13. Then you should program custom applications yourself just for your portfolio and resume. For example, if you programmed path finding in a game, then you would make a basic application that performs the same thing but without reference to the project you worked on. Show your best work, when you're competing with other people for the same job you don't want to put yourself at a disadvantage. Best of luck.
    14. lougv22

      Tips for game programmer portfolio

      Thank you. How would I show them my code though? Everything in my game, including the code, is copyrighted material. Doesn't the same potential for liability that applies to games as a whole also apply to the code? I do have an older game project (XNA with C#) that was just for training purposes. I could show that, but it's old and not representative of my best work.
    15. phil67rpg

      c# tic tac toe game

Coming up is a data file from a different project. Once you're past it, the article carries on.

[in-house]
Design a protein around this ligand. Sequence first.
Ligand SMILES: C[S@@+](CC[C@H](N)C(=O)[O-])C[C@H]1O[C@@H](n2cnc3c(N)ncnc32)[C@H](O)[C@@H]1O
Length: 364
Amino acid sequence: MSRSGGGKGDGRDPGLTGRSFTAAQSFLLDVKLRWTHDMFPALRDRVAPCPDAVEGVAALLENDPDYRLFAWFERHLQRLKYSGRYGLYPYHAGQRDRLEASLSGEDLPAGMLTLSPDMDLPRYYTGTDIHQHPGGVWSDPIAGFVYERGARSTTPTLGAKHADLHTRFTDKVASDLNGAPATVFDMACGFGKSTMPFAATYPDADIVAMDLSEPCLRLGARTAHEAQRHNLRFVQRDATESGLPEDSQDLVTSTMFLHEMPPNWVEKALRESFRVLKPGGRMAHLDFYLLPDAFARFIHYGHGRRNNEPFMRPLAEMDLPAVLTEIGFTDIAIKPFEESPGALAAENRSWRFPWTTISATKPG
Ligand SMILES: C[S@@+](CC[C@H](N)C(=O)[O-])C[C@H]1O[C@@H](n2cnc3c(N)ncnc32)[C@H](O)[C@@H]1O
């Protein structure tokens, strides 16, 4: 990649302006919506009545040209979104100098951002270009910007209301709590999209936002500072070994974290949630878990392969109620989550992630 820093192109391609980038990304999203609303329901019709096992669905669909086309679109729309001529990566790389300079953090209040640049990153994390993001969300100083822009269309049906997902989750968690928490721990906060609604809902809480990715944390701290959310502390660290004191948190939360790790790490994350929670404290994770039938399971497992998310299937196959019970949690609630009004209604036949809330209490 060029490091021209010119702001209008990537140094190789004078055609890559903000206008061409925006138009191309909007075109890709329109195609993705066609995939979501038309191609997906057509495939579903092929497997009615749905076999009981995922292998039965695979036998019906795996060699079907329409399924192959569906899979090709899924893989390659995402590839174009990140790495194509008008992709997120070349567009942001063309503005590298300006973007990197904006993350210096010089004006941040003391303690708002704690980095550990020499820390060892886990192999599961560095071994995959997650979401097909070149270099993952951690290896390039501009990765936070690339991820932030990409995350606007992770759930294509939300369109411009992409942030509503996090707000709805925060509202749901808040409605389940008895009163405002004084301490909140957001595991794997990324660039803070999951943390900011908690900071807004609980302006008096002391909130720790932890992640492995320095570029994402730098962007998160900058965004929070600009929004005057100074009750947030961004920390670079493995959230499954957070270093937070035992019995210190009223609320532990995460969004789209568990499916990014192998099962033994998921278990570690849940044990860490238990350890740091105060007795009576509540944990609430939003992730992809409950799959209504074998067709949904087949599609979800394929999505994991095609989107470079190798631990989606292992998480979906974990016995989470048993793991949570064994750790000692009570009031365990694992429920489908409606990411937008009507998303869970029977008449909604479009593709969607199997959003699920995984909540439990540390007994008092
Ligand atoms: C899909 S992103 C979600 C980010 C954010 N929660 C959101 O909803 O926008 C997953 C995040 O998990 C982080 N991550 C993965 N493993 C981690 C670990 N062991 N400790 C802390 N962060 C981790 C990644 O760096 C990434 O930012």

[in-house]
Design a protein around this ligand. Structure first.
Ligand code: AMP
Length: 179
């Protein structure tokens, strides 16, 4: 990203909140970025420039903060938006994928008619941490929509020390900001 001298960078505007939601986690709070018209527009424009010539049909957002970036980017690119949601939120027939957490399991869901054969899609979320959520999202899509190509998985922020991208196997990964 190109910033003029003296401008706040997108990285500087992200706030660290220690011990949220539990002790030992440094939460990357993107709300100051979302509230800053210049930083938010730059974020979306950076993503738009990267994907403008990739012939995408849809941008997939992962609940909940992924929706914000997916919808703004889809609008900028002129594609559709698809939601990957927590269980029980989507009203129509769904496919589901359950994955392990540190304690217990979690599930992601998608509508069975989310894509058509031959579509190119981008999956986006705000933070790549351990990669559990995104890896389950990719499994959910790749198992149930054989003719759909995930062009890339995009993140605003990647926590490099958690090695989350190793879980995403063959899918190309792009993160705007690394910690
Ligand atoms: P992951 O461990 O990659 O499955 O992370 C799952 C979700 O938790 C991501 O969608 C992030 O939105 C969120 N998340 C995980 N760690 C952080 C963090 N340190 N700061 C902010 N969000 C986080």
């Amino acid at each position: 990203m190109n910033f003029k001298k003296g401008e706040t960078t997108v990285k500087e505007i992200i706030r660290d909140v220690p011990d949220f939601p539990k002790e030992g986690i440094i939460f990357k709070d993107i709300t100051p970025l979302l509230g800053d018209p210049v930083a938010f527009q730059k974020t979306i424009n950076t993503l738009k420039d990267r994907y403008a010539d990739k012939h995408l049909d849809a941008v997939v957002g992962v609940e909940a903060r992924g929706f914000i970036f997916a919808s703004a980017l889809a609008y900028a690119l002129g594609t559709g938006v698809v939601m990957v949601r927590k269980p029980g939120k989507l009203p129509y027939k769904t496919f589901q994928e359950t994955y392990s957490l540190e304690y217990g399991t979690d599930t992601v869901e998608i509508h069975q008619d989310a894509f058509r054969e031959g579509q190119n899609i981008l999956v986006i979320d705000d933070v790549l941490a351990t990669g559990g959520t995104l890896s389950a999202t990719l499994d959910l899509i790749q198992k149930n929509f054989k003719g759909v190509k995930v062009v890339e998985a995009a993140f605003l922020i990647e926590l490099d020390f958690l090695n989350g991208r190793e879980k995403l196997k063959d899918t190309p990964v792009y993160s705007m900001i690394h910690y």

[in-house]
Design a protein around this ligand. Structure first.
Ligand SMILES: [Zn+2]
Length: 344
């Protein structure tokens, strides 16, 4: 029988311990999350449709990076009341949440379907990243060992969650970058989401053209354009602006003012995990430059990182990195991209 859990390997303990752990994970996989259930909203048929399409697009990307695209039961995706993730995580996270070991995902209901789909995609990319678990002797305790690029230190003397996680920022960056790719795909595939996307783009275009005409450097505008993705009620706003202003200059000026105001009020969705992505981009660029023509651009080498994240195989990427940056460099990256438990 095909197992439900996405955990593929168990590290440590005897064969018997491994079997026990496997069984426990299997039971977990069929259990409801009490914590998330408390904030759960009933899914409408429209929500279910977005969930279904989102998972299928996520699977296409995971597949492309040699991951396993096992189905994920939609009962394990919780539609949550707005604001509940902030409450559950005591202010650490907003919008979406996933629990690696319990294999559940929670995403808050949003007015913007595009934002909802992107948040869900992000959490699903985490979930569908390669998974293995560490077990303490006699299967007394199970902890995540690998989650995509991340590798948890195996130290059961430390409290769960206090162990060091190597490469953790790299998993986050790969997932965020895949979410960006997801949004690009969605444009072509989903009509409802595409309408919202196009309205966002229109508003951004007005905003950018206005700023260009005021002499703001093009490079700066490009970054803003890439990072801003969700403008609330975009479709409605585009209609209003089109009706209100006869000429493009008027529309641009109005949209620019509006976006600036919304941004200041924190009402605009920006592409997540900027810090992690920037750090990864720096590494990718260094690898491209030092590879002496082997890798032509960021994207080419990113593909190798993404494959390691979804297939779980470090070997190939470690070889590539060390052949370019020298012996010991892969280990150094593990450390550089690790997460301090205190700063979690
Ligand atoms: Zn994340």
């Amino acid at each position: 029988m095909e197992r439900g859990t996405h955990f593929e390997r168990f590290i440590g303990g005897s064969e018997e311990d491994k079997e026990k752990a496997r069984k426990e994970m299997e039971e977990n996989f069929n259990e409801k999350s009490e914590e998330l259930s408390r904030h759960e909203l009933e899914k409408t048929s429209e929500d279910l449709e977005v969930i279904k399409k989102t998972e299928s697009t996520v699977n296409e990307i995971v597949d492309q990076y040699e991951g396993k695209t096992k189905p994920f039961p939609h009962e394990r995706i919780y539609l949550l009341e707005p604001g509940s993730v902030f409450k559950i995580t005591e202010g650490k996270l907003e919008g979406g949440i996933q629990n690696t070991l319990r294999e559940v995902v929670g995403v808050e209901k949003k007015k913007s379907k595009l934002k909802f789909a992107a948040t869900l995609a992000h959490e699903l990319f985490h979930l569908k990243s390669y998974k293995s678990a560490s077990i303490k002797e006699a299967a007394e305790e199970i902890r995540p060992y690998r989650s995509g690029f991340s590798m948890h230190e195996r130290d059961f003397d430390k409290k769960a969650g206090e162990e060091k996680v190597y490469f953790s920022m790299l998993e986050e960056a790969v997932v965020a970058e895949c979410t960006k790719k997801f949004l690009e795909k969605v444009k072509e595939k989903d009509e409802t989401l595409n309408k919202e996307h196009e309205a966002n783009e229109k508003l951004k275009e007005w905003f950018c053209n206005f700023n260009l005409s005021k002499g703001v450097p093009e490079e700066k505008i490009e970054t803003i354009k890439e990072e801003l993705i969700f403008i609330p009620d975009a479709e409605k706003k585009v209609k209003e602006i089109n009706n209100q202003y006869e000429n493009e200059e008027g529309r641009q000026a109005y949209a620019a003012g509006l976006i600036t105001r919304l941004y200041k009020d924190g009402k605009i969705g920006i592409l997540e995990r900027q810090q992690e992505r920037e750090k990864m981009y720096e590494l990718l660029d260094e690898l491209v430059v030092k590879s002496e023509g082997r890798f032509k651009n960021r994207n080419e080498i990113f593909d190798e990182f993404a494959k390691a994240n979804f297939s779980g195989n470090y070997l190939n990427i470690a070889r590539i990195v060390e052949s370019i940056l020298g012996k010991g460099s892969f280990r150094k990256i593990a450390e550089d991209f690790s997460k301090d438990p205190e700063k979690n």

here is my latest code using System; using System.Collections.Generic; namespace tictactoe { class Program { static void Main(string[] args) { int player_x = 0, player_o = 0, count = 9; Console.WriteLine(" 1 | 2 | 3 "); Console.WriteLine("---|---|---"); Console.WriteLine(" 4 | 5 | 6 "); Console.WriteLine("---|---|---"); Console.WriteLine(" 7 | 8 | 9 "); bool gameOver = false; char[,] board = new char[3, 3]; while (gameOver==false) { Console.Write("Enter X spot (1-9): "); int num = Convert.ToInt32(Console.ReadLine()); Random rnd = new Random(); List<int> boardmove = new List<int>(); boardmove.Add(1); boardmove.Add(2); boardmove.Add(3); boardmove.Add(4); boardmove.Add(5); boardmove.Add(6); boardmove.Add(7); boardmove.Add(8); boardmove.Add(9); int rand = rnd.Next(1, count); int num_one = boardmove[rand]; boardmove.RemoveAt(rand); count--; switch (num) { case 1: board[0, 0] = 'X'; player_x = 1; break; case 2: board[1, 0] = 'X'; player_x = 2; break; case 3: board[2, 0] = 'X'; player_x = 3; break; case 4: board[0, 1] = 'X'; player_x = 4; break; case 5: board[1, 1] = 'X'; player_x = 5; break; case 6: board[2, 1] = 'X'; player_x = 6; break; case 7: board[0, 2] = 'X'; player_x = 7; break; case 8: board[1, 2] = 'X'; player_x = 8; break; case 9: board[2, 2] = 'X'; player_x = 9; break; } switch (num_one) { case 1: board[0, 0] = 'O'; player_o = 1; break; case 2: board[1, 0] = 'O'; player_o = 2; break; case 3: board[2, 0] = 'O'; player_o = 3; break; case 4: board[0, 1] = 'O'; player_o = 4; break; case 5: board[1, 1] = 'O'; player_o = 5; break; case 6: board[2, 1] = 'O'; player_o = 6; break; case 7: board[0, 2] = 'O'; player_o = 7; break; case 8: board[1, 2] = 'O'; player_o = 8; break; case 9: board[2, 2] = 'O'; player_o = 9; break; } if (player_x == 1 && player_o == 1) { board[0, 0] = 'X'; } else if (player_x == 2 && player_o == 2) { board[1, 0] = 'X'; } else if (player_x == 3 && player_o == 3) { board[2, 0] = 'X'; } else if (player_x == 4 && player_o == 4) { board[0, 1] = 'X'; } else if (player_x == 5 && player_o == 5) { board[1, 1] = 'X'; } else if (player_x == 6 && player_o == 6) { board[2, 1] = 'X'; } else if (player_x == 7 && player_o == 7) { board[0, 2] = 'X'; } else if (player_x == 8 && player_o == 8) { board[1, 2] = 'X'; } else if (player_x == 9 && player_o == 9) { board[2, 2] = 'X'; } Console.WriteLine(" {0} | {1} | {2} ", board[0, 0], board[1, 0], board[2, 0]); Console.WriteLine("---|---|---"); Console.WriteLine(" {0} | {1} | {2} ", board[0, 1], board[1, 1], board[2, 1]); Console.WriteLine("---|---|---"); Console.WriteLine(" {0} | {1} | {2} ", board[0, 2], board[1, 2], board[2, 2]); if (board[0, 0] == 'X' && board[1, 0] == 'X' && board[2, 0] == 'X') { Console.WriteLine("Player X Wins"); gameOver = true; } else if (board[0, 1] == 'X' && board[1, 1] == 'X' && board[2, 1] == 'X') { Console.WriteLine("Player X Wins"); gameOver = true; } else if (board[0, 2] == 'X' && board[1, 2] == 'X' && board[2, 2] == 'X') { Console.WriteLine("Player X Wins"); gameOver = true; } else if (board[0, 0] == 'X' && board[0, 1] == 'X' && board[0, 2] == 'X') { Console.WriteLine("Player X Wins"); gameOver = true; } else if (board[1, 0] == 'X' && board[1, 1] == 'X' && board[1, 2] == 'X') { Console.WriteLine("Player X Wins"); gameOver = true; } else if (board[2, 0] == 'X' && board[2, 1] == 'X' && board[2, 2] == 'X') { Console.WriteLine("Player X Wins"); gameOver = true; } else if (board[0, 0] == 'O' && board[1, 1] == 'O' && board[2, 2] == 'O') { Console.WriteLine("Player O Wins"); gameOver = true; } else if (board[0, 2] == 'O' && board[1, 1] == 'O' && board[2, 0] == 'O') { Console.WriteLine("Player O Wins"); gameOver = true; } else if (board[0, 0] == 'O' && board[1, 0] == 'O' && board[2, 0] == 'O') { Console.WriteLine("Player O Wins"); gameOver = true; } else if (board[0, 1] == 'O' && board[1, 1] == 'O' && board[2, 1] == 'O') { Console.WriteLine("Player O Wins"); gameOver = true; } else if (board[0, 2] == 'O' && board[1, 2] == 'O' && board[2, 2] == 'O') { Console.WriteLine("Player O Wins"); gameOver = true; } else if (board[0, 0] == 'O' && board[0, 1] == 'O' && board[0, 2] == 'O') { Console.WriteLine("Player O Wins"); gameOver = true; } else if (board[1, 0] == 'O' && board[1, 1] == 'O' && board[1, 2] == 'O') { Console.WriteLine("Player O Wins"); gameOver = true; } else if (board[2, 0] == 'O' && board[2, 1] == 'O' && board[2, 2] == 'O') { Console.WriteLine("Player O Wins"); gameOver = true; } else if (board[0, 0] == 'O' && board[1, 1] == 'O' && board[2, 2] == 'O') { Console.WriteLine("Player O Wins"); gameOver = true; } else if (board[0, 2] == 'O' && board[1, 1] == 'O' && board[2, 0] == 'O') { Console.WriteLine("Player O Wins"); gameOver = true; } } } } } I am still stuck on how to get the computer player to work.